BACKGROUND: Continuous dialysis could provide benefit by constant potassium and phosphate. This study investigates the suitability of potassium and phosphate sorbents for incorporation in an extracorporeal capacity and regenerability testing. METHODS: Capacity testing was uraemic plasma. Regenerability was tested for potassium sorbents, with based on cationic exchange for sodium, with 0.1 M and 1.0 M NaCl. To phosphate sorbents, with adsorption based on anionic exchange, 0.1 M and NaHCO3 and NaOH were used. Subsequently, sodium polystyrene sulphonate (RES-A) and iron oxide hydroxide (FeOOH) beads were cartridge for testing in bovine blood using a recirculating blood dialysis circuit separated by a high-flux dialyzer (dynamic setup). was tested to assess whether this could limit calcium and magnesium RESULTS: In the batch-binding assays, zirconium phosphate most potently potassium (0.44 +/- 0.05 mmol/g) and RES-A was the best regenerable sorbent (92.9 +/- 5.7% with 0.1 M NaCl). Zirconium oxide hydroxide (ZIR- most potently adsorbed phosphate (0.23 +/- 0.05 mmol/g) and the sevelamer carbonate was the best regenerable sorbent (85.7 +/- 5.2% with NaHCO3). In the dynamic setup, a potassium adsorption of 10.72 +/- 2.06 h was achieved using 111 g of RES-A and a phosphate adsorption of 4.73 mmol in 3 h using 55 g of FeOOH. Calcium and magnesium preloading was reduce the net adsorption in 3 h from 3.57 +/- 0.91 to -0.29 +/- 1.85 +/- 0.05 to -0.31 +/- 0.18 mmol, respectively. CONCLUSION: RES-A and suitable, regenerizable sorbents for potassium and phosphate removal in regeneration. Use of zirconium carbonate and ZIR-hydr may further phosphate adsorption, but may compromise sorbent regenerability. Use of amines for phosphate adsorption may enhance sorbent regenerability. magnesium preloading considerably reduced net adsorption of these ions.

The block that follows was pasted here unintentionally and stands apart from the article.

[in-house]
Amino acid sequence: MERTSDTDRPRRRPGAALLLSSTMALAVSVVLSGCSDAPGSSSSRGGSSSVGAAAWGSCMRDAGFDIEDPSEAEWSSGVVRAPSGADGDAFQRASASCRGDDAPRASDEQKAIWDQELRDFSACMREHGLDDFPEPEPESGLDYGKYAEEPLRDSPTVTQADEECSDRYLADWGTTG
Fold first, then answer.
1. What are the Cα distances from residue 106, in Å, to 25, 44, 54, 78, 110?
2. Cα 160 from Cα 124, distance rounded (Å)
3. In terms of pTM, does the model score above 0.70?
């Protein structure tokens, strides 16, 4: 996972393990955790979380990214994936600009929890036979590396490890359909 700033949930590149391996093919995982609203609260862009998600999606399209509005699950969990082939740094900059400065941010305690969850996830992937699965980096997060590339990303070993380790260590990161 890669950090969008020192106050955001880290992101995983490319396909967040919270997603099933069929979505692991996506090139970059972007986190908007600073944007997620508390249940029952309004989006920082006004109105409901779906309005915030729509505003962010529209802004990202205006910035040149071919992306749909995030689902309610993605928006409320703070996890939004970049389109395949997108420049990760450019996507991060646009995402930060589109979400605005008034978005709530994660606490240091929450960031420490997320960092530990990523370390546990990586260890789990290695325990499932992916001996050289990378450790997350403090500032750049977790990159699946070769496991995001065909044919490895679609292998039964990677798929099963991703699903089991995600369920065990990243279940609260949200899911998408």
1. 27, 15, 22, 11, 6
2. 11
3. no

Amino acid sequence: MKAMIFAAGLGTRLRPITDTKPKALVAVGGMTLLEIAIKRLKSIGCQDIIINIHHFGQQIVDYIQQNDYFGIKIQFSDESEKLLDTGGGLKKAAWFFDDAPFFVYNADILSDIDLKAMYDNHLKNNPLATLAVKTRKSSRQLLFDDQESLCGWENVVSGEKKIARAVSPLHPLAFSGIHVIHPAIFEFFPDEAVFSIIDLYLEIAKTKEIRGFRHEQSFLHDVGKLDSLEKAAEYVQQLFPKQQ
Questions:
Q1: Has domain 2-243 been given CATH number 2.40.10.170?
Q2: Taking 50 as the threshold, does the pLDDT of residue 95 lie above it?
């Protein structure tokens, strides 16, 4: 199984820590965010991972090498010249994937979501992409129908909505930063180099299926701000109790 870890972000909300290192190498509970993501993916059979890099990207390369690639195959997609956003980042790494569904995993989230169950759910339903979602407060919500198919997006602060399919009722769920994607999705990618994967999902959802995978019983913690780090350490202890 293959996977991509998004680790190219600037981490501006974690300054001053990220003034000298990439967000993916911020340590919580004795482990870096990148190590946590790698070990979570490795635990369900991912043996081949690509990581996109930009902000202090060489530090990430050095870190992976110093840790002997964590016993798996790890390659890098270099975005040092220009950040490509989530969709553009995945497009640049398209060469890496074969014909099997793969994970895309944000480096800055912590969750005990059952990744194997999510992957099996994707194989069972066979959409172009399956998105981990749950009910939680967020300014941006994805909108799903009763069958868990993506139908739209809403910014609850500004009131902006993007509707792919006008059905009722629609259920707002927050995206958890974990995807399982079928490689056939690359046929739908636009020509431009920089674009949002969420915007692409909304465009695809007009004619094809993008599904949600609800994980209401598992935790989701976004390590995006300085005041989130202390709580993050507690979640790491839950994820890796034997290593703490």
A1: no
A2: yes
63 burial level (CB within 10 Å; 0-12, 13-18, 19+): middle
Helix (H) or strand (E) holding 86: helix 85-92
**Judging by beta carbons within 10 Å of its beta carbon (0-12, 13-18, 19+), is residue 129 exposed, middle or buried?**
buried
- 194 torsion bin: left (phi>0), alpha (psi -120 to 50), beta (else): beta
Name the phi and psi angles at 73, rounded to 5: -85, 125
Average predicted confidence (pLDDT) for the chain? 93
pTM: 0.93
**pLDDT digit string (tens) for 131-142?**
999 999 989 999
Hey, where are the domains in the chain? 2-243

Wester, M., Simonis, F., Gerritsen, K. G., Boer, W. H., Wodzig, K. W. H., Kooman, J. P., & Joles, J. A. (2013). A regenerable potassium and phosphate sorbent system to enhance dialysis efficacy and device portability: an in vitro study. Nephrology Dialysis Transplantation, 28(9), 2364-2371. https://doi.org/10.1093/ndt/gft205